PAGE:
Lessons from a roommate-less life

Aleeza Schoenberg shows the roommate list to two friends. Photo by Paige Fishman.

Aleeza Schoenberg (far right) shows the roommate list to two friends, Lexi White (far left) and Alex Chaidez. Photo by Paige Fishman.

Getting room assignments is kind of like spinning the Wheel of Fortune. Your eyes move around the list, searching for your fate.

Round one, I get my room number, go to the floor and scan: a double room or a single room? I see double, double, double, single, double, double. Round two, I make sure to search for my name. By round three, the wheel slows down, almost stopping. Single, double, double… and it lands on single.

No roommate for me.

This is hard to process. I am in the dorm with no acquaintances. I want a roommate because I wouldn’t have to impose myself on someone. The list would impose us on each other. Close quarters would make my roommate and I fast friends. We’d make new friends together.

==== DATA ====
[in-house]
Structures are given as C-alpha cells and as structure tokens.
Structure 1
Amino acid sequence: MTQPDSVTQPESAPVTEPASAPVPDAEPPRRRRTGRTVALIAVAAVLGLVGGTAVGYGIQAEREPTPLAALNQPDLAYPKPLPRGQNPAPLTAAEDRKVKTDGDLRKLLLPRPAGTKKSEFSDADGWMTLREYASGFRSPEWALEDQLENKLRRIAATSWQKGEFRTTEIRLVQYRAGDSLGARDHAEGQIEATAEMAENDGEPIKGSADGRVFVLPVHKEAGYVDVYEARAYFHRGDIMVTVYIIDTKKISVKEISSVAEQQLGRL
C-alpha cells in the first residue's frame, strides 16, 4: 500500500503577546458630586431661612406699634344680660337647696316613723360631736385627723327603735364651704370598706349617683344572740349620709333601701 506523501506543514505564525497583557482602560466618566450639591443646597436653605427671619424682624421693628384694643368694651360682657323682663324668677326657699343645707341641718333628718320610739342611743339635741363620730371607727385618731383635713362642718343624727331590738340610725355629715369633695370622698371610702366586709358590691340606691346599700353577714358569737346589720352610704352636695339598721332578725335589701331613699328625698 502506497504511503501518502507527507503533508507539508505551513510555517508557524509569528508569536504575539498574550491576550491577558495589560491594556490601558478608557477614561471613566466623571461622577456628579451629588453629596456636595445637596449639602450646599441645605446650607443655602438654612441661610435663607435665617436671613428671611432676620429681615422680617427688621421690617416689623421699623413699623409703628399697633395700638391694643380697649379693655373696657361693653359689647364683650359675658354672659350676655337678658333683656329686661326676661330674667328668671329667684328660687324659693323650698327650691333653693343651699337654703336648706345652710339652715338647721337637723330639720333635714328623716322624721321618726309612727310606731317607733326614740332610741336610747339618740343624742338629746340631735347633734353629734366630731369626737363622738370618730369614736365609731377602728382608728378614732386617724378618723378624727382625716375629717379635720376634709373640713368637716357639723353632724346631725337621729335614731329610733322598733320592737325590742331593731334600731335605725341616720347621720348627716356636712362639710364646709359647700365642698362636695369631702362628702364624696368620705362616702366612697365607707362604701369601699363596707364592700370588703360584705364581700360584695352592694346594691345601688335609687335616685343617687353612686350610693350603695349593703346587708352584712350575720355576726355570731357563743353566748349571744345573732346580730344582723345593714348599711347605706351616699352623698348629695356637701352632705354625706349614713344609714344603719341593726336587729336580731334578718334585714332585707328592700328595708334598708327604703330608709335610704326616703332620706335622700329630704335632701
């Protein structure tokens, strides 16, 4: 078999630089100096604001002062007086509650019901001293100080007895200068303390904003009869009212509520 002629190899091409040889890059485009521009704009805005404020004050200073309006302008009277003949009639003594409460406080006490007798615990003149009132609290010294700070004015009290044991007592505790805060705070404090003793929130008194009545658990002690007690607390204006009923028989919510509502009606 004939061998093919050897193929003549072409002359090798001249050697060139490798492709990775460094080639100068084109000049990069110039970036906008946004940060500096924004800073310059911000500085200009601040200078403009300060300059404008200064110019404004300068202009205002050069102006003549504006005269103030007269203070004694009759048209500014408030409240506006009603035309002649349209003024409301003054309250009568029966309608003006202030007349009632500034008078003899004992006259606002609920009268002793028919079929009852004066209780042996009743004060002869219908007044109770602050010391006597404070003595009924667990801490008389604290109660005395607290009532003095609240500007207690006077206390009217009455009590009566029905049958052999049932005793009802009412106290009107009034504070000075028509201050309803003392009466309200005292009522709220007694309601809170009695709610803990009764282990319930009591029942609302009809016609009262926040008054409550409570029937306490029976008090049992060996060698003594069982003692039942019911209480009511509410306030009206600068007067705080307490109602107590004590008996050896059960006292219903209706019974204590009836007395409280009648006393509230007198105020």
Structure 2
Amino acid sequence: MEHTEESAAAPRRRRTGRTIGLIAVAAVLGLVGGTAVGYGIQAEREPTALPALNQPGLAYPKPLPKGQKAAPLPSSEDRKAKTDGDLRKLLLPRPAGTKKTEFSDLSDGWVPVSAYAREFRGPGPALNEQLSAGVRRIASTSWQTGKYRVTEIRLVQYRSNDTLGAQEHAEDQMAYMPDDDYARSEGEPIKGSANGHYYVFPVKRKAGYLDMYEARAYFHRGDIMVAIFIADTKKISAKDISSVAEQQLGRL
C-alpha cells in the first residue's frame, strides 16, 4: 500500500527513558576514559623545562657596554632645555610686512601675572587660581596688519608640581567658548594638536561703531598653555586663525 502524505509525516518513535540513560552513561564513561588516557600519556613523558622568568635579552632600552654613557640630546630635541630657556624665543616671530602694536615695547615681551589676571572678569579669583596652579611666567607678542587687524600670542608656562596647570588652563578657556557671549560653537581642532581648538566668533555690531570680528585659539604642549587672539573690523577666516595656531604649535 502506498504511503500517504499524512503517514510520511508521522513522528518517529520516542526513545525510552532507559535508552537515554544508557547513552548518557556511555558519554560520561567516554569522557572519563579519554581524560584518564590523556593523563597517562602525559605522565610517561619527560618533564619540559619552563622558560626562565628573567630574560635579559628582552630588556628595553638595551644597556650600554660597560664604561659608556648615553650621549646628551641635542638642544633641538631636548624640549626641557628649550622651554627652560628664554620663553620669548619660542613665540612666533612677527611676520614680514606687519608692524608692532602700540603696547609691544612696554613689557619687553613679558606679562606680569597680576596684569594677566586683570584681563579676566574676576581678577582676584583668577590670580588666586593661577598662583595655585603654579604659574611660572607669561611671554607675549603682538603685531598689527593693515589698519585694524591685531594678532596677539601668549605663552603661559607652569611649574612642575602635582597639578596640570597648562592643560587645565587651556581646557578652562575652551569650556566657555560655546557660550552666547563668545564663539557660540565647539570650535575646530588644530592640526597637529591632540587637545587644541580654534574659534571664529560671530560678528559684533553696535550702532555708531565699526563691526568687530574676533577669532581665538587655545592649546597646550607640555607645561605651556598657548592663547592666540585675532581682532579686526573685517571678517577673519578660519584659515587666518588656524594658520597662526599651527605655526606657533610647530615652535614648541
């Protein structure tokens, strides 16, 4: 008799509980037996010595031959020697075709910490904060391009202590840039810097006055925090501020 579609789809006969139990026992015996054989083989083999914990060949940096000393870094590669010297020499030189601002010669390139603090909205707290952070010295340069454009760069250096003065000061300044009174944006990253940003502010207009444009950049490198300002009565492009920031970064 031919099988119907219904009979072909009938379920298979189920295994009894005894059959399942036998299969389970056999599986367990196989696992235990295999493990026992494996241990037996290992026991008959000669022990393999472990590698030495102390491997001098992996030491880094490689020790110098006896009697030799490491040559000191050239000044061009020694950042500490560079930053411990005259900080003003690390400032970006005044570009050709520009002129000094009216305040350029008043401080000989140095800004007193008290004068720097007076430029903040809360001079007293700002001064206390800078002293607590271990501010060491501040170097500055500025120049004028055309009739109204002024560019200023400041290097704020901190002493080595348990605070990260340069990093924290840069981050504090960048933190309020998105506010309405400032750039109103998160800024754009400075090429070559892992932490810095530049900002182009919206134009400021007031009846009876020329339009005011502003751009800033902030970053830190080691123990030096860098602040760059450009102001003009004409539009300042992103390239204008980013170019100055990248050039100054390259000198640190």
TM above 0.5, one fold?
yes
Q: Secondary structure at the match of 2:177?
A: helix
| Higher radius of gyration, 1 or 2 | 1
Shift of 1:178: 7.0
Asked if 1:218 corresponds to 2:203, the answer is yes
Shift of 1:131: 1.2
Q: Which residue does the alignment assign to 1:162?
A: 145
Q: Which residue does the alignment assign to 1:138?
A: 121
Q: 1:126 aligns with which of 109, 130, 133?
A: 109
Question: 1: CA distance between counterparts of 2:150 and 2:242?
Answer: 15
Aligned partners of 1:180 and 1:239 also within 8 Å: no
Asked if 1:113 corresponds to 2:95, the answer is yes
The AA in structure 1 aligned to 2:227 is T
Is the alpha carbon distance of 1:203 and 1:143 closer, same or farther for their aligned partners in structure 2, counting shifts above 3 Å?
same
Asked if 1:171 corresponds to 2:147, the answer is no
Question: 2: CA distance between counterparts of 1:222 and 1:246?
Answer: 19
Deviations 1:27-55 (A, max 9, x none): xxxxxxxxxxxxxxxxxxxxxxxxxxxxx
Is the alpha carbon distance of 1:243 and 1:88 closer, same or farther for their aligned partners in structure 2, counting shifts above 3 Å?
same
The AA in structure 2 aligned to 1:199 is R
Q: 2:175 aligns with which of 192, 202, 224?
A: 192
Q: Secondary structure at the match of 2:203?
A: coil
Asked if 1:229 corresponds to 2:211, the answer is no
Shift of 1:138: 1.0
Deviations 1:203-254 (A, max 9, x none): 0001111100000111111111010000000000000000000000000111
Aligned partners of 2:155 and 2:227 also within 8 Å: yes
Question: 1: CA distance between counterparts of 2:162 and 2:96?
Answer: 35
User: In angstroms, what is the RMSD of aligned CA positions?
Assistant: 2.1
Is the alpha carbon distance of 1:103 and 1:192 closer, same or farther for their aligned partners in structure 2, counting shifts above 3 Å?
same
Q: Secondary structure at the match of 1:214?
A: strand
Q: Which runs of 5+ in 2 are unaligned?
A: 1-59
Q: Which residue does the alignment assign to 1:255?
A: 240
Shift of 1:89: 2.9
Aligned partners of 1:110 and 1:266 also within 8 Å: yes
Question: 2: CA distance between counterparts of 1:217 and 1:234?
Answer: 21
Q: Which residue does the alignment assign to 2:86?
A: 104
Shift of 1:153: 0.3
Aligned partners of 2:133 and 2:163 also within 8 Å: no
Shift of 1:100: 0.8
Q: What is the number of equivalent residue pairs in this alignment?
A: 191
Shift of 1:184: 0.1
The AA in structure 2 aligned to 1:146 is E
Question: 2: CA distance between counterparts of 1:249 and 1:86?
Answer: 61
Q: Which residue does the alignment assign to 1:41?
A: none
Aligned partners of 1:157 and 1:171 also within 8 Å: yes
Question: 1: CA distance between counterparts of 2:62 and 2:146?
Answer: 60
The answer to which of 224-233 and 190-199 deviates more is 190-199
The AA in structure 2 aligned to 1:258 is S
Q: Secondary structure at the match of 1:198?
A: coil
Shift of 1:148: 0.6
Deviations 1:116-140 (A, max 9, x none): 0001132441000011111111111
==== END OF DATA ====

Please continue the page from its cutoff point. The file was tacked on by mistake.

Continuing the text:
I descend the flight of stairs, hesitating every few moments, and finally reach the community associates to ask them if I can have a roommate. They say they’ll consider but later say it just isn’t possible.

I spread out on my bed, shy to face the growing group of new arrivals. Soon, though, I jump up. This is my only option. I grab my key, leave my room and search for the other cherubs. When I find them, they welcome me with energy, and I feel at ease in the circle of about 20 cherubs.

I make friends, and I continue to throughout the day. I see people in the lounge, on the way to dinner, in a spontaneous ice-breaker session and relaxing on our floor. They are easy to talk to. At first, we bond over journalism, and then over current events, pop culture and our own cultures.

Never have I felt so at home with a large group of people. And I still do at the end of the program. My closest friends feel as close as roommates, and I still feel welcome wherever I go to socialize or do my work.

My single room came with countless benefits. It gave me a place to be alone and to recharge. Or I could jump off my bed like I did on that first day, ready to talk to my fellow cherubs. It taught me to be outgoing. It also allowed me to conduct the interviews I needed to, be as messy as I wanted and watch other people covet my single room. The most important benefit, though, is that I learned on my own how friendly cherubs are.